The THES (November 11) correctly reported that the Association of University Teachers was not in favour of either joint pay scales or joint bargaining for academic and related staffs in "old" and "new" universities happening at present -- although there was nothing secret about our analysis, it had been circulated to all our branches in October. However I write to correct the misconception that opposition to joint pay and bargaining arrangements has now become our long-term policy.
Far from it; we remain convinced that ultimately it must be sensible to have the same pay scales and bargaining arrangements for all university academic and related staff -- but not yet. There remain considerable funding differences between "old" and "new" universities which may well be growing rather than diminishing. Until that funding gap closes joint arrangements would be premature and simply not work. The University and Colleges Employers' Association might well have liked to launch itself with a joint scheme but, judging by the very widespread opposition from vice chancellors, the association was clearly not alone in thinking that some delay would, ultimately, make for a more lasting partnership.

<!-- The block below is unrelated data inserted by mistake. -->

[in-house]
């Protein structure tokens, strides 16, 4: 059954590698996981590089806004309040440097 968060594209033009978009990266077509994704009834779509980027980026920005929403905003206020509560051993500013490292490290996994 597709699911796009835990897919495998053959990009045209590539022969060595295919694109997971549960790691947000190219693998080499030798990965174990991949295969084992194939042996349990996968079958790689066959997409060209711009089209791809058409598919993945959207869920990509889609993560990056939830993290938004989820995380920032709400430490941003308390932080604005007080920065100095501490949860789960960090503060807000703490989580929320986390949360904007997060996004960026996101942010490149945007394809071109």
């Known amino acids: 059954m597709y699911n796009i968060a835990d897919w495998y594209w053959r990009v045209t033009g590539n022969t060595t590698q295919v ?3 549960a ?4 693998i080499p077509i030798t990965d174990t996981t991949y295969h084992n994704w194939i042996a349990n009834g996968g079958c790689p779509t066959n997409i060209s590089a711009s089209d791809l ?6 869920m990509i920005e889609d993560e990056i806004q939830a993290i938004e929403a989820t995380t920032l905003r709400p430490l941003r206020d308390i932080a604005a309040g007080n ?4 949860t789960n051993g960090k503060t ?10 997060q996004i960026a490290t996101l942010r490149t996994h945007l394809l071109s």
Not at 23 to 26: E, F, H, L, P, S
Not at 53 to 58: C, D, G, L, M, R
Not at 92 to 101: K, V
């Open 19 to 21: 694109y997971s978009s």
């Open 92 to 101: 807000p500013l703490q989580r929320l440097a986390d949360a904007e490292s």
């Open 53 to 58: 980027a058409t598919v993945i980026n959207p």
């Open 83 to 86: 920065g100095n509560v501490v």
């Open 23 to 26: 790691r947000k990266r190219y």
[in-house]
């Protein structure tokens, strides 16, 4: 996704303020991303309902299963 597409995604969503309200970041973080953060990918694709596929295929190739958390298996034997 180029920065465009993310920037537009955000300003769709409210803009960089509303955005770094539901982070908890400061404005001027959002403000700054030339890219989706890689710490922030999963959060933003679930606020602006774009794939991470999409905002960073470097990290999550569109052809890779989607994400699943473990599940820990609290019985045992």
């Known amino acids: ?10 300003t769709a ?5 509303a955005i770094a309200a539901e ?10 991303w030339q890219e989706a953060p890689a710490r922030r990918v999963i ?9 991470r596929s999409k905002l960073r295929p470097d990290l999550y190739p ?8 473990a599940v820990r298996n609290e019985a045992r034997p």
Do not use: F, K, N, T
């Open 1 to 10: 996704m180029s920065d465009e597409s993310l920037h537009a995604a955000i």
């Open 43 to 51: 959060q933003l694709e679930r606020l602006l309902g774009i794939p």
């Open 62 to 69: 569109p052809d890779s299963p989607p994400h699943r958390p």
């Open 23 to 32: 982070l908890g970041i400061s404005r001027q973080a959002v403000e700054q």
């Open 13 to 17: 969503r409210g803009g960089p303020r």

DAVID TRIESMAN general secretary, AUT.